Murder at the Hunting Club (Mary Plum, 1932)

At a secluded lakeside cabin, Virginia Day is found stabbed through the heart, scarcely a year since her father so unexpectedly drowned. Several other people are there, including her fiancĂ© Charles Hilton, her second cousin and presumed heir Sue Barrett, her late father’s business partner Mike MacDonald, and a celebrated detective with the most unassuming name: John Smith.

It’s quite near the end before we start getting any real clues to winnow down the suspects, but when they do come, each clue follows quick on the heels of the last and they all point in one direction. By the big reveal in last chapter, I can’t imagine anyone won’t have already guessed the culprit and have at least a very good idea what the motive was.

Inscription: On the front end paper is written “Vickie R. Whitcomb, Newburgh, Me.” Stamped on the back flyleaf, “Danforth Lending Library at 15 Central Street, Bangor, Maine.”

The Body in the Library (Agatha Christie, 1941)

A woman is found strangled to death on the floor of Arthur Bantry’s library. She’s identified as Ruby Keene, a dancer at a nearby hotel. One of the residents at the hotel, Conway Jefferson, lost all his children in an accident some years before and now lives with their widow and widower. Jeff is content with the situation. They, however, want to move past their grief and get on with their lives. Jeff, feeling abandoned, took a fatherly interest in Ruby. He intended to adopt her and make her heir to his considerable fortune — cutting out the widow and widower. Mrs. Bantry calls on her old friend Miss Marple to help them find the murderer.

There are several false paths that the clues might lead you down, and I confess, the last one got me. I thought Jeff’s injuries were an act — that he was able walk and had killed Ruby in a fit of disillusioned anger after discovering that she wasn’t an innocent child and was, in fact, a common gold digger. I was so certain of this I actually daydreamed reading it. There is a major deception going on, but that isn’t it at all.

Inscription: on the flyleaf, “Margaret E. Burkins, 3422 Edmondson Ave., Baltimore 29, Md., Dec. 10, 1944”

War Brides (Marian Craig Wentworth, 1915)

A one-act play set in a farming community in an unnamed country. It quickly becomes obvious that there are no men present — only women and children. The reason is war. The war has lasted so long and depleted the army to such an extent that now no sooner does a boy come of age than he is called to the front. The emperor, the generals, and the priests collude to bring about an emergency measure where young men, in their few days before being drafted, are married to whatever single women are at hand in mass wedding ceremonies. It’s an act of patriotism. It’s for love of the fatherland.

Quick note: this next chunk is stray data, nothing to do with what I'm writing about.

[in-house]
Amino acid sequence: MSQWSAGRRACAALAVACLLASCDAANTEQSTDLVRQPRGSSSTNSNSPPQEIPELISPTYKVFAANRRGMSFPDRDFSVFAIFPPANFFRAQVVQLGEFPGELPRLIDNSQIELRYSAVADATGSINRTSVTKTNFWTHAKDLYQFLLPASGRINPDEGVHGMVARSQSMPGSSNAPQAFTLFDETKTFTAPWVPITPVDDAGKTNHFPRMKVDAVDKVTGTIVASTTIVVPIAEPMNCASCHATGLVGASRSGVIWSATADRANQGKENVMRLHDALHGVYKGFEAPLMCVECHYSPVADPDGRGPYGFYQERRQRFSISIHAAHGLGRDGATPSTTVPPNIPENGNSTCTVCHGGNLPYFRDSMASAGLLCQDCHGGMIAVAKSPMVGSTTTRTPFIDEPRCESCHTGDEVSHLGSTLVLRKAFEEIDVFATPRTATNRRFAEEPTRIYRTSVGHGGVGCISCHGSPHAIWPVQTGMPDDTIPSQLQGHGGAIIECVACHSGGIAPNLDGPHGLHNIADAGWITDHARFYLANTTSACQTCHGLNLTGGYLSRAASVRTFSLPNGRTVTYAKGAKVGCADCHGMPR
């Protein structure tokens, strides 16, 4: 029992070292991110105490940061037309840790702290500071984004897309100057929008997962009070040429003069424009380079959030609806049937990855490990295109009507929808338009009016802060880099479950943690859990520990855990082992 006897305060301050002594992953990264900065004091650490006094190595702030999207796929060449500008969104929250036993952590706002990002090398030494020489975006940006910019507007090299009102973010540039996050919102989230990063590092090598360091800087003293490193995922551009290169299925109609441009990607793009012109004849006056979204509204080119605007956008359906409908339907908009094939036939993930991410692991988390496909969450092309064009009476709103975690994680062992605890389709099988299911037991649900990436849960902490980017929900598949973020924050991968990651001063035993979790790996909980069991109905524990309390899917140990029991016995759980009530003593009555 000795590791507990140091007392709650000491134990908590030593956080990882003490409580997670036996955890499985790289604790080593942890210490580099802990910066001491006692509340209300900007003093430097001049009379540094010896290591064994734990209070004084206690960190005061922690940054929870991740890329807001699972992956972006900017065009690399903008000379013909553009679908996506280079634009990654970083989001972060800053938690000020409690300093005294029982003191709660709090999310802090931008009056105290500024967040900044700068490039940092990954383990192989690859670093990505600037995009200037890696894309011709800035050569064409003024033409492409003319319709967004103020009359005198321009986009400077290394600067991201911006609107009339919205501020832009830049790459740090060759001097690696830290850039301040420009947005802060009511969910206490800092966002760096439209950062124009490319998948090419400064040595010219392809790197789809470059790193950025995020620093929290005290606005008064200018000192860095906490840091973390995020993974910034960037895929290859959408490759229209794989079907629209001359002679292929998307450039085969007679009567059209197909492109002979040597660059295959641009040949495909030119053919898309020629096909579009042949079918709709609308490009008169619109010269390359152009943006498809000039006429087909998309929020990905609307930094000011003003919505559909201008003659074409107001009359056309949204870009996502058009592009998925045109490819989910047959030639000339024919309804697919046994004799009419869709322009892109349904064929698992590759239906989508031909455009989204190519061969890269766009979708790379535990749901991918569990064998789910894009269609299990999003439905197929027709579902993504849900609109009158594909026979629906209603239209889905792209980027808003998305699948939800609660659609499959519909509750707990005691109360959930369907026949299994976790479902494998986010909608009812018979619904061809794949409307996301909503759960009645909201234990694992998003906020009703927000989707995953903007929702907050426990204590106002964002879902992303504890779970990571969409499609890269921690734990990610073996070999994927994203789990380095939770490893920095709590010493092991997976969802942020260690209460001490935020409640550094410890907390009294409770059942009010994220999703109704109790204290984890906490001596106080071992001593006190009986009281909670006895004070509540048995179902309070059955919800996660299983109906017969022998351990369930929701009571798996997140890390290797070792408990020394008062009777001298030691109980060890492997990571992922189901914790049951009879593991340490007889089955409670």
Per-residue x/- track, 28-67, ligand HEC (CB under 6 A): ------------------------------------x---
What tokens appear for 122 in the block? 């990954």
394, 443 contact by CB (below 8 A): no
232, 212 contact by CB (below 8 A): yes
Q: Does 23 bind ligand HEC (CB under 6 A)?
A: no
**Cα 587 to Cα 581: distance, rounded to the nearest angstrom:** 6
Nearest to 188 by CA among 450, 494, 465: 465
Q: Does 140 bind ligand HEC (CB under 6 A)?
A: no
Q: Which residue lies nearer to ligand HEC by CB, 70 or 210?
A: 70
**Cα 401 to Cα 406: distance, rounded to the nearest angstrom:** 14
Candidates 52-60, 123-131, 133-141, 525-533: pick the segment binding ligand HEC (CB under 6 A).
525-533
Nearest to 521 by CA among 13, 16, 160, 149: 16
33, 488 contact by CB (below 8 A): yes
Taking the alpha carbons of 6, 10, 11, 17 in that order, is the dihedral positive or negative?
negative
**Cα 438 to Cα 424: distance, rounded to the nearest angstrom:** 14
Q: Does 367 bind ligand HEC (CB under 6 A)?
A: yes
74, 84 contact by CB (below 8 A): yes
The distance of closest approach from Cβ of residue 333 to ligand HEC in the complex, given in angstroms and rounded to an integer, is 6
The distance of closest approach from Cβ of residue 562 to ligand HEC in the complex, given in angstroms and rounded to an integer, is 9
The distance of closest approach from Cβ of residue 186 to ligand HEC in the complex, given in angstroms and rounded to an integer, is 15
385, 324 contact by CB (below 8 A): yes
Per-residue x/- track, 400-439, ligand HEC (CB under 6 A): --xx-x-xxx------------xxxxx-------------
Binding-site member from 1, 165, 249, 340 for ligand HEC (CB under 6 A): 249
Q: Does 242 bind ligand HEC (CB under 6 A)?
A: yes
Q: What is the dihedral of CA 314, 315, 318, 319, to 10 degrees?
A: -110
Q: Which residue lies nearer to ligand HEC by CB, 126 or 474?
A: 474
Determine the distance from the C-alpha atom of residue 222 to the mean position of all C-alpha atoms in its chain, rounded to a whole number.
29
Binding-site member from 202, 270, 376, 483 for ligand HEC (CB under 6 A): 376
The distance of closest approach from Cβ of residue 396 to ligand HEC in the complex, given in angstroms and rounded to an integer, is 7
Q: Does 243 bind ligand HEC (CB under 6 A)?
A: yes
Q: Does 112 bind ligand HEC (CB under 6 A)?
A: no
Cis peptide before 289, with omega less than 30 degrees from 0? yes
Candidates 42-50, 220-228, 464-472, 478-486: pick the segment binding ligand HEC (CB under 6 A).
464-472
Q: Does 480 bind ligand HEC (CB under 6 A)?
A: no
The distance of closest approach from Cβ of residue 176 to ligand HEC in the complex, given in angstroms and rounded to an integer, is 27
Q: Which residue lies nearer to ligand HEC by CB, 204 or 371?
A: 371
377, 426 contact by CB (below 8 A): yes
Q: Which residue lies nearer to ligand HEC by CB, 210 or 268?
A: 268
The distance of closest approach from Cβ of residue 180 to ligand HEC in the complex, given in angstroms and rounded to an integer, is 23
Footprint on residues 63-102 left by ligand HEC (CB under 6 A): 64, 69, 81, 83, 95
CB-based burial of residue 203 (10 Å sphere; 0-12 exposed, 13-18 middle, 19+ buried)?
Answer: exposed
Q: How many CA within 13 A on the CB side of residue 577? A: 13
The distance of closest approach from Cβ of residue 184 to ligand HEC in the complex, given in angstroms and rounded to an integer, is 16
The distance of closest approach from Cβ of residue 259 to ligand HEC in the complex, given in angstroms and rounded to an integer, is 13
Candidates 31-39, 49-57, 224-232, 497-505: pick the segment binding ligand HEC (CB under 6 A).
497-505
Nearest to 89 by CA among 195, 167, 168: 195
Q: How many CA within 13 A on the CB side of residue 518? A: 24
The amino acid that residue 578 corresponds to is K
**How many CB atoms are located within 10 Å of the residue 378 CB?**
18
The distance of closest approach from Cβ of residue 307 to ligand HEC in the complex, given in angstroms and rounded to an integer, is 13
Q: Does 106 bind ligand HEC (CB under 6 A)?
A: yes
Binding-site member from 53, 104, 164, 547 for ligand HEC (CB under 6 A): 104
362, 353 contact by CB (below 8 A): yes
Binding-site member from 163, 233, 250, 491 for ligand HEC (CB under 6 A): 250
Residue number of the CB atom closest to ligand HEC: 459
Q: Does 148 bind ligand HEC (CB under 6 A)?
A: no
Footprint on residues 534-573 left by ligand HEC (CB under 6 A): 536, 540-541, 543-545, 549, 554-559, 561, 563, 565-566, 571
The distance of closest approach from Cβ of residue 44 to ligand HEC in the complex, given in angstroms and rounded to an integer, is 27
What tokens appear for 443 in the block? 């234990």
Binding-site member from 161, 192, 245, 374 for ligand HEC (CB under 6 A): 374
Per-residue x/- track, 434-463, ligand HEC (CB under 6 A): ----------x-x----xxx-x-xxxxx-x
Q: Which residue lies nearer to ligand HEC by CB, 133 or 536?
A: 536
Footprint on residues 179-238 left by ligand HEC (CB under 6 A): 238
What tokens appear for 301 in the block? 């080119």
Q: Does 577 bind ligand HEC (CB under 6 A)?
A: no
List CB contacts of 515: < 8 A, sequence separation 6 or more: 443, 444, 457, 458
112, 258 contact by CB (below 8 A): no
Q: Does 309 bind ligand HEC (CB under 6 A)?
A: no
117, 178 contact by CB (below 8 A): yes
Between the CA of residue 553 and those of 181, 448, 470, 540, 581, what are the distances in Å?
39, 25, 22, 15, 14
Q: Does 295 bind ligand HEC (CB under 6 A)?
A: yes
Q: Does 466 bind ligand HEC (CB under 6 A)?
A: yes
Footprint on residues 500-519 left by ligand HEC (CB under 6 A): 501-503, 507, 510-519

Hedwig is the first war bride, or so she’s called, and carries a child conceived by her husband, now at the front. She acts strangely. All throughout the play, she says she has a message for the emperor, but it can’t be sent until she hears news of her husband. At last, that news comes: he and all his brothers are dead. Hedwig knows that the war has no goal and can have no end. She and the other women are merely being used to breed new generations to be killed at the front. If the emperor won’t stop the war, then the women will. And so she sends her message by sweeping up a pistol and shooting herself to death.

Inscription: signed by the author, Marian Craig Wentworth, and inscribed with a quote from the text, “January 1917, New York City, ‘To remind men — of peace.'”

The Crime in the Crypt (Carolyn Wells, 1928)

I’m assured this is a detective story. The cover says so, there are a few murders here and there, and a detective does finally pop up in the last chapter, but most of the book is just kind of a light romp about two American guys who have made fast friends while on vacation in Europe. The mystery seems almost an intrusion — something to be swept away as quick as possible.

I had it solved pretty well by Clevendon’s introduction. The titular crypt murder was so very, very carefully staged to establish the victim as Warren Glynn that of course it couldn’t be him. Who is it? Enter Clevendon with his very convenient injury leaving him unable to write or shave and there’s your man. It all falls into place after that. Glynn was trying to trade places with his half-brother Clevendon to inherit the family fortune.

Inscriptions: On the flyleaf, “A Merry Christmas To Harry From Leola, Dec. 25, 1930.” There’s also a tag attached with a poinsettia sticker that reads “Harry from Leola”.

The Wire Gang (Frank L. Packard, 1918)

The Wire Gang are a criminal outfit in the southwest with the gimmick of sending each other coded messages over the railroad’s telegraph lines. They keep getting beaten to the punch, however, by the Hawk, who has deciphered their code and manages to steal the money/gold/jewels before them. Though the Wire Gang would like to see him dead, the press and local police assume the Hawk must be the Wire Gang’s chief. But the Hawk is actually an undercover Secret Service agent. Oh no, I spoiled it. You know, I’ve read a number of Packard’s crime-action novels and they are pretty samey, but this one felt really by the numbers.

No inscriptions.